9.24pm. That tweet being, as you might have expected, a claim of victory. The pre-poll primary vote have been added to the WAEC site, and the 2PP will apparently show them breaking 56-44 to the Liberals. The final two-party preferred looks like it will be about 53-47.

9.15pm. 4750 pre-polls will shortly be added to the count, and indications are that they’re favourable to the Liberals. From the WA Liberal Party’s Twitter account: “With Vasse early in person votes counted, we will make an announcement shortly about the overall result of this by-election.”

7.58pm. The WAEC have blurted out a single two-party result in one hit, and it has the Liberals on 7855 (52.7%) and the Nationals on 7038 (47.3%). Which is closer than I was expecting at the start of proceedings, but no, as they say, cigar. Preferences split 67.3%-32.7% in favour of the Nationals, so I was right to think Warren-Blackwood wasn’t going to be much of a guide. We can still expect maybe 2000 pre-polls to come in this evening, and further postals over the coming days, but with the Liberal lead now established at 817 votes, the only issue is the size of the margin.

7.44pm. 1335 postals added, and the Liberals get 55.2% of them to 22.0% for the Nationals, which is obviously very good news for the Liberals. Now things start getting difficult in doing projections off the 2013 results, as there won’t be any absent votes and there were only 521 postal votes last time. So the raw primary votes are as good a guide as any, and they have the Liberals on 43.3%, which should be more than enough. But it would still be interesting to see some two-party results.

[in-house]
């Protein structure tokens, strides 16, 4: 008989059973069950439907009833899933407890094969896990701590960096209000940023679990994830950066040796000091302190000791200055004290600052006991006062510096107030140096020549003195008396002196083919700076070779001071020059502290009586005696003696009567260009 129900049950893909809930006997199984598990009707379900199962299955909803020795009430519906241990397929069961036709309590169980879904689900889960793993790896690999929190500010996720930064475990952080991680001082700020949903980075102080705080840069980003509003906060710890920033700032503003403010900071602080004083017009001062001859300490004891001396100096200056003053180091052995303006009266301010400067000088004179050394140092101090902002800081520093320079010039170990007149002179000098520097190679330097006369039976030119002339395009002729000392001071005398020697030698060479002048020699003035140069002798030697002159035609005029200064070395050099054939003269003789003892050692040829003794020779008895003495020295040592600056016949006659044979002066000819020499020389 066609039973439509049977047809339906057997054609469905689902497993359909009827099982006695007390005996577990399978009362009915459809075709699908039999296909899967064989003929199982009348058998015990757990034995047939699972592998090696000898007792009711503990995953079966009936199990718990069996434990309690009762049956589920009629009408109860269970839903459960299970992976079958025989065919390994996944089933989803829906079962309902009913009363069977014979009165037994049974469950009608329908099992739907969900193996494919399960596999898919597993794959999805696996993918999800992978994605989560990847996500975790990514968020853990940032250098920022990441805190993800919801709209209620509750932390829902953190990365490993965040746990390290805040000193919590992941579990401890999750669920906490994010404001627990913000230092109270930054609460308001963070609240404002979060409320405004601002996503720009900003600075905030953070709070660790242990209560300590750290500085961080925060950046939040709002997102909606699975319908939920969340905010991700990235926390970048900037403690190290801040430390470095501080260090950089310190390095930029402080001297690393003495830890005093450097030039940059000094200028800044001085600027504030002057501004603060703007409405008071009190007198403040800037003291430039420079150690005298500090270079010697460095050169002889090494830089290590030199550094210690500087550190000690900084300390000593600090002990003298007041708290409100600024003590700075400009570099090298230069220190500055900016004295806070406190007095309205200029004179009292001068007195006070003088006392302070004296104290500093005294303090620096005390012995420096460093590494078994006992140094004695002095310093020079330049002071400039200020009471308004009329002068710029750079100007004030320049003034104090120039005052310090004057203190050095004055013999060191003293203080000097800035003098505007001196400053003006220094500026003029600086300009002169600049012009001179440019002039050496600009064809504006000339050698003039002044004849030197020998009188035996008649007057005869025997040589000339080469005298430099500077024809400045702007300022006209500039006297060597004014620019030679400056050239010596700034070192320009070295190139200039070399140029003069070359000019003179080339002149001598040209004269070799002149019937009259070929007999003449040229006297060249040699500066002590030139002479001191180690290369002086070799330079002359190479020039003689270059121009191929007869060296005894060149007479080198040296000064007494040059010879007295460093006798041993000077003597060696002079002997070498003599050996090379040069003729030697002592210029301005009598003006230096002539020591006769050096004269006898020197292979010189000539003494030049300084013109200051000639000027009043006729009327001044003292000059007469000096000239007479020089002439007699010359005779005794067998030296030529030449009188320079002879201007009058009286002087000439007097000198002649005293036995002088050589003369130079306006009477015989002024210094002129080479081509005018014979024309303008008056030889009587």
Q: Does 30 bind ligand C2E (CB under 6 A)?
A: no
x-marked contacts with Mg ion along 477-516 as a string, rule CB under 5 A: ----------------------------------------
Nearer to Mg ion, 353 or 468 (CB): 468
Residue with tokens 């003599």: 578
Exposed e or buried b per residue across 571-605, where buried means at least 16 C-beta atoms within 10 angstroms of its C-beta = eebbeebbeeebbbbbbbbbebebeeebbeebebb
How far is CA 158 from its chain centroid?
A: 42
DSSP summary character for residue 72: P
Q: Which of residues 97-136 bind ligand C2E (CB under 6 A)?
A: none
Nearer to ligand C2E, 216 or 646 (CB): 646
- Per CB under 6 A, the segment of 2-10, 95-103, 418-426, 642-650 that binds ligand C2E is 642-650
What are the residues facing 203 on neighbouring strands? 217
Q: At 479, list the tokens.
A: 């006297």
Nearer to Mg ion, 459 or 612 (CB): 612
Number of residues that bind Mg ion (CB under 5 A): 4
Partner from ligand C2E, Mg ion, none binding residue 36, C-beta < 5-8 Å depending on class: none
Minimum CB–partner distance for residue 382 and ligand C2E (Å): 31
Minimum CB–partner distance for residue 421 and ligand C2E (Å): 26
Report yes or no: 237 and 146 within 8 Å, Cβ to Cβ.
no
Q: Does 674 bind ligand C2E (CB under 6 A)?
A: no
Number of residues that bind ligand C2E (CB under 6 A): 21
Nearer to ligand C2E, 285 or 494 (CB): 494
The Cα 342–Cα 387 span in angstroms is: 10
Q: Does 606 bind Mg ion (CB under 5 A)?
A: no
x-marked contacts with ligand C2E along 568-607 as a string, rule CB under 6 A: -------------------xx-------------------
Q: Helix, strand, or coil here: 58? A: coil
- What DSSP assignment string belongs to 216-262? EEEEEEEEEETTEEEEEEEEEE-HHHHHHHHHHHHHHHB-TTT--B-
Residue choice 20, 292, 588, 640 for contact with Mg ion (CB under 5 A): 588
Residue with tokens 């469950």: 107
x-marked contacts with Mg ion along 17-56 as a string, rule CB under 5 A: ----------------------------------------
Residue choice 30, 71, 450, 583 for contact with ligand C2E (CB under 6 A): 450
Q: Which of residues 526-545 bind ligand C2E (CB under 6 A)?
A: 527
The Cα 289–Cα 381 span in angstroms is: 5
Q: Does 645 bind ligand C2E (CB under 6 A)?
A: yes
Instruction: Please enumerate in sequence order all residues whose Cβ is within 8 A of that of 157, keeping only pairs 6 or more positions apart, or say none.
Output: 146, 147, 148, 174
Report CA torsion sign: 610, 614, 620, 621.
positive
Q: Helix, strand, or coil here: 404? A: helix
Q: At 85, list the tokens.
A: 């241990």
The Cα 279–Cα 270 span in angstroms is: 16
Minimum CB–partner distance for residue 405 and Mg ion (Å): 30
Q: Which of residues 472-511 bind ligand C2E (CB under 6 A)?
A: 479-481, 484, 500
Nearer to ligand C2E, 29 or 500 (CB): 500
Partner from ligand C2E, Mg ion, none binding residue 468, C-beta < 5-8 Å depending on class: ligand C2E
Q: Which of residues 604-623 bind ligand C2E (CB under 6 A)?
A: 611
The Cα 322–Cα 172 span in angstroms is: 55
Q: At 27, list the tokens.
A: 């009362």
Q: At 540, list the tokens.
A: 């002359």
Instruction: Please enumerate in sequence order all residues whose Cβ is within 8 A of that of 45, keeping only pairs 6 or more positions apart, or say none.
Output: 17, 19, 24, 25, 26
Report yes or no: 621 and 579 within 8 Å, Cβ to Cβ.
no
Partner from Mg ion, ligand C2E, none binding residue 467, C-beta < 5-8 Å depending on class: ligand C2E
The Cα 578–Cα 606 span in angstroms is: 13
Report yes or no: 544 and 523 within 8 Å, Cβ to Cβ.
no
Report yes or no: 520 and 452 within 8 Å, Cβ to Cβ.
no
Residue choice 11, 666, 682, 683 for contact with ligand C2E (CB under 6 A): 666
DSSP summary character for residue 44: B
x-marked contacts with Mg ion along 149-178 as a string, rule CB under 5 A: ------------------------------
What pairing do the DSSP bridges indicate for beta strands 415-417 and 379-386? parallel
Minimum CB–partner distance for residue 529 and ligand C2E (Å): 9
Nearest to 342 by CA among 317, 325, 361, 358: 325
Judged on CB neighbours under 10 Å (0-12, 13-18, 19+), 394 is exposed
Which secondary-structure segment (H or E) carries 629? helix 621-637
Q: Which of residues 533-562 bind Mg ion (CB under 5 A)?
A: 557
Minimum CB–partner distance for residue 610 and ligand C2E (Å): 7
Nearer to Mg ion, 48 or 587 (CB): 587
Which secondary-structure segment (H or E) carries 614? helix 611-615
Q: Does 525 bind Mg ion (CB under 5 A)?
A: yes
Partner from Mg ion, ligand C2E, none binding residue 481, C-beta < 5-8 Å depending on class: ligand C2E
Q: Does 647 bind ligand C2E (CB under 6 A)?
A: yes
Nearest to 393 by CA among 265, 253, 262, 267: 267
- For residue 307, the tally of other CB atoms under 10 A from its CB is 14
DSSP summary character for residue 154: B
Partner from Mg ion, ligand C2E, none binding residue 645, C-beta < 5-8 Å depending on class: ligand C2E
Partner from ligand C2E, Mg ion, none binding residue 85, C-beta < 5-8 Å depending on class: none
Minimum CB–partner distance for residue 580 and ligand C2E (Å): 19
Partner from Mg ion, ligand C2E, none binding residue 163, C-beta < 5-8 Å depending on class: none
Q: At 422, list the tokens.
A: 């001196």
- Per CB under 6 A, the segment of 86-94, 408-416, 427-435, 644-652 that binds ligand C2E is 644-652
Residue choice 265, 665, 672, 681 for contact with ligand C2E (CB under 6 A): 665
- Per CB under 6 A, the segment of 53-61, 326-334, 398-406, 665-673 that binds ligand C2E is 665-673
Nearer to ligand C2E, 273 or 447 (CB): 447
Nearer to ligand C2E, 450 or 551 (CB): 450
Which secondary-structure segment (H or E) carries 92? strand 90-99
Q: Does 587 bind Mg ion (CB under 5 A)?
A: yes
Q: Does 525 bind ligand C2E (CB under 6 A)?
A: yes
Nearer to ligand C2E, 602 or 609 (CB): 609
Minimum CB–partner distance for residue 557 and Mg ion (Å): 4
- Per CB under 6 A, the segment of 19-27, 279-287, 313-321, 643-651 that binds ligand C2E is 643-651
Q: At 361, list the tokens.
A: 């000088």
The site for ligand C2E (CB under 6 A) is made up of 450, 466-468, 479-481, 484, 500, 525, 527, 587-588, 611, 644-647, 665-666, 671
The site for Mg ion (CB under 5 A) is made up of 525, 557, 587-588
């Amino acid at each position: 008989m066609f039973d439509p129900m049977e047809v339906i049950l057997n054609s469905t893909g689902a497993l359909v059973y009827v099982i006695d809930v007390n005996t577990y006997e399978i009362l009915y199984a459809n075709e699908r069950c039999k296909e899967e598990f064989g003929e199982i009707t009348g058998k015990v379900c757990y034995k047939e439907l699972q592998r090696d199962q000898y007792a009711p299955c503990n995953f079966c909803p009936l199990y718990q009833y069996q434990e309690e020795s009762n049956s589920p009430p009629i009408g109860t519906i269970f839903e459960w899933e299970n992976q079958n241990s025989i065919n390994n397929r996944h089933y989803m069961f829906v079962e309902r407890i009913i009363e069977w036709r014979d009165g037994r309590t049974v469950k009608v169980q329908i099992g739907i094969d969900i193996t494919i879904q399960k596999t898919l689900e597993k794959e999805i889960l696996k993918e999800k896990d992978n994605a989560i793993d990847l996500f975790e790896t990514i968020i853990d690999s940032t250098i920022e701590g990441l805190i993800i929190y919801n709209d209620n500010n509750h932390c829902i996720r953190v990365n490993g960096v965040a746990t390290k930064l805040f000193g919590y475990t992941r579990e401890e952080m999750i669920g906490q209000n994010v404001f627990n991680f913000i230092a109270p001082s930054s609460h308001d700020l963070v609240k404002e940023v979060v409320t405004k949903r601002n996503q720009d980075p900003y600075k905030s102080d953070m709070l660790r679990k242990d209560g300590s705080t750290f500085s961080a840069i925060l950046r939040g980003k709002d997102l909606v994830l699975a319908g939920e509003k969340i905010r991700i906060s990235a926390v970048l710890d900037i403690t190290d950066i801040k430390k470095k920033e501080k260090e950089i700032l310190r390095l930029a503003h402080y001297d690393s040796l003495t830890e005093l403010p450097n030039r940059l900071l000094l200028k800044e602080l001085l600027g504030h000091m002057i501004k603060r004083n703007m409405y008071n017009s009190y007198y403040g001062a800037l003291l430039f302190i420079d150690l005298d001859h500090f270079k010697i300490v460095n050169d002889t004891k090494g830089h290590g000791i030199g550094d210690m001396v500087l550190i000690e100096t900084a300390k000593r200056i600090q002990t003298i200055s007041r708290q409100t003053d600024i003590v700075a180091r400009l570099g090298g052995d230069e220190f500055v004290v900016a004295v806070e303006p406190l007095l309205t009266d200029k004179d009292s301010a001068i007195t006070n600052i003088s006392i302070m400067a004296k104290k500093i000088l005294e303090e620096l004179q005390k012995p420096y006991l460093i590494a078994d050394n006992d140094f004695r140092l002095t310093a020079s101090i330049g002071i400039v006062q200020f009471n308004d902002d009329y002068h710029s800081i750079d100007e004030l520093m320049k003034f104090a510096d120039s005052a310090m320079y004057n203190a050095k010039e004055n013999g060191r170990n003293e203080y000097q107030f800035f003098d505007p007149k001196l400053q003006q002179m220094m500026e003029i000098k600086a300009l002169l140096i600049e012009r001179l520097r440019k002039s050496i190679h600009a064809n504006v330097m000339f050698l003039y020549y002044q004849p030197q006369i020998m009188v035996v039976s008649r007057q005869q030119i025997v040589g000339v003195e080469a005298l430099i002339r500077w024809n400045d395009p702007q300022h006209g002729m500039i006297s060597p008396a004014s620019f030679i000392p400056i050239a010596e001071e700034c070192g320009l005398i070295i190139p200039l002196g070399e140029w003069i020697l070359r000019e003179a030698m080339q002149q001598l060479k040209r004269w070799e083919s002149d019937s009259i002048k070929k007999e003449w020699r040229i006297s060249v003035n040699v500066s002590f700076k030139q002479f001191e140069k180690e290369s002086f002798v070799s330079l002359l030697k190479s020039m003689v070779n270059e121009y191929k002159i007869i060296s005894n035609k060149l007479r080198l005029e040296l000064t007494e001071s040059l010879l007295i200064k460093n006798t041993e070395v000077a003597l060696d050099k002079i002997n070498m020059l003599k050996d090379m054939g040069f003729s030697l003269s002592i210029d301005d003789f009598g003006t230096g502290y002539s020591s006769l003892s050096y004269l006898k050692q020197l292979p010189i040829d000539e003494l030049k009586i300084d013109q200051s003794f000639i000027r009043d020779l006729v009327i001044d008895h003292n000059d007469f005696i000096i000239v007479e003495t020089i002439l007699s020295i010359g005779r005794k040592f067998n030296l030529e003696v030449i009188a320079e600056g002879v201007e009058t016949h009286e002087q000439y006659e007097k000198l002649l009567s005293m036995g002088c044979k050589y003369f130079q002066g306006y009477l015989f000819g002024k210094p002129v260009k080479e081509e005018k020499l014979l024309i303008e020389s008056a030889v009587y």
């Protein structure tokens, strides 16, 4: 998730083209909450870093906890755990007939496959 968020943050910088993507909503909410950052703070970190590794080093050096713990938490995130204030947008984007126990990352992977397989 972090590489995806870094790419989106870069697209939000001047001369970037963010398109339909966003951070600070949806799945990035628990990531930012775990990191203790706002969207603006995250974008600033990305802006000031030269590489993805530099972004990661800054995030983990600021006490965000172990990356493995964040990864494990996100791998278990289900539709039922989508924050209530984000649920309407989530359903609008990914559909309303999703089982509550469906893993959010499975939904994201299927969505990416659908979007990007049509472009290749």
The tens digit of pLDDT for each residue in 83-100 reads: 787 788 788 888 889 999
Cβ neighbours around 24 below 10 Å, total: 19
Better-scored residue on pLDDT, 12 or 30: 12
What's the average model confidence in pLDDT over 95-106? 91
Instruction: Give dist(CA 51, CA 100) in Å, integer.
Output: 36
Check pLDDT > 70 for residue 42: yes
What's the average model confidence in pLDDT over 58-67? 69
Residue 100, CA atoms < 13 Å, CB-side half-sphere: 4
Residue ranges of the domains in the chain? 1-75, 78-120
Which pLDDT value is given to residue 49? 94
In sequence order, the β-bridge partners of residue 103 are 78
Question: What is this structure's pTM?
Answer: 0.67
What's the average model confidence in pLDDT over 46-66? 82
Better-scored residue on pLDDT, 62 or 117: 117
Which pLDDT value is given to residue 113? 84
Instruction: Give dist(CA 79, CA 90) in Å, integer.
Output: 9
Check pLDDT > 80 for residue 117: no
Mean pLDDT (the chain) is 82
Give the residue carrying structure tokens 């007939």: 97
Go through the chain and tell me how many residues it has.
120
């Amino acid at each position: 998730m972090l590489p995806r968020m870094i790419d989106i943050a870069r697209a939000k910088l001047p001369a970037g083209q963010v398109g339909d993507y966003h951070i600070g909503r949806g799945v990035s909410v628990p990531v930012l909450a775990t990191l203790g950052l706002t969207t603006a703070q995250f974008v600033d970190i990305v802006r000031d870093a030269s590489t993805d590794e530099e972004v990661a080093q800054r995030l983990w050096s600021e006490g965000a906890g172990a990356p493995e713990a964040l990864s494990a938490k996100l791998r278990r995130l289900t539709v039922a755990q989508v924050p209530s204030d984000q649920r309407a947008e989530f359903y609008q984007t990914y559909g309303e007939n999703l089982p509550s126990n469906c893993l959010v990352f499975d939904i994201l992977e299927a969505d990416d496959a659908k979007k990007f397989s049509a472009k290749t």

7.30pm. All booths now in. The last Busselton booth was very much like the earlier ones, so nothing I said in the previous entry seriously needs to be revised. Apparently we’ve still got some pre-polls and postals to come. More to the point, we still don’t have any two-party preferred results, apparently because the WAEC wanted to be sure who the top two candidates were before they proceeded. The preference flow is very much a wild card here, but it would have to be very strong indeed to give the Nationals a shot. They would also have to do well on pre-polls and postals. They’ve given it a good shake though, and defied Colin Barnett’s suggestion that the contest was in fact between the Liberals and the Greens.

7.23pm. Two big booths in from Busselton (quick count, BTW), and it’s now more interesting still. In Busselton itself, Liberal are down 19.4% and the Nationals are up 24.6%. My regionalised projection is 41.7% Liberal, 28.4% Nationals, 19.5% Greens. In neighbouring Warren-Blackwood last year, preferences only favoured the Nationals 54-46. If that’s any guide, the Liberals will still get home with a margin of 6%. However, my intuition is that the Nationals should do better than that.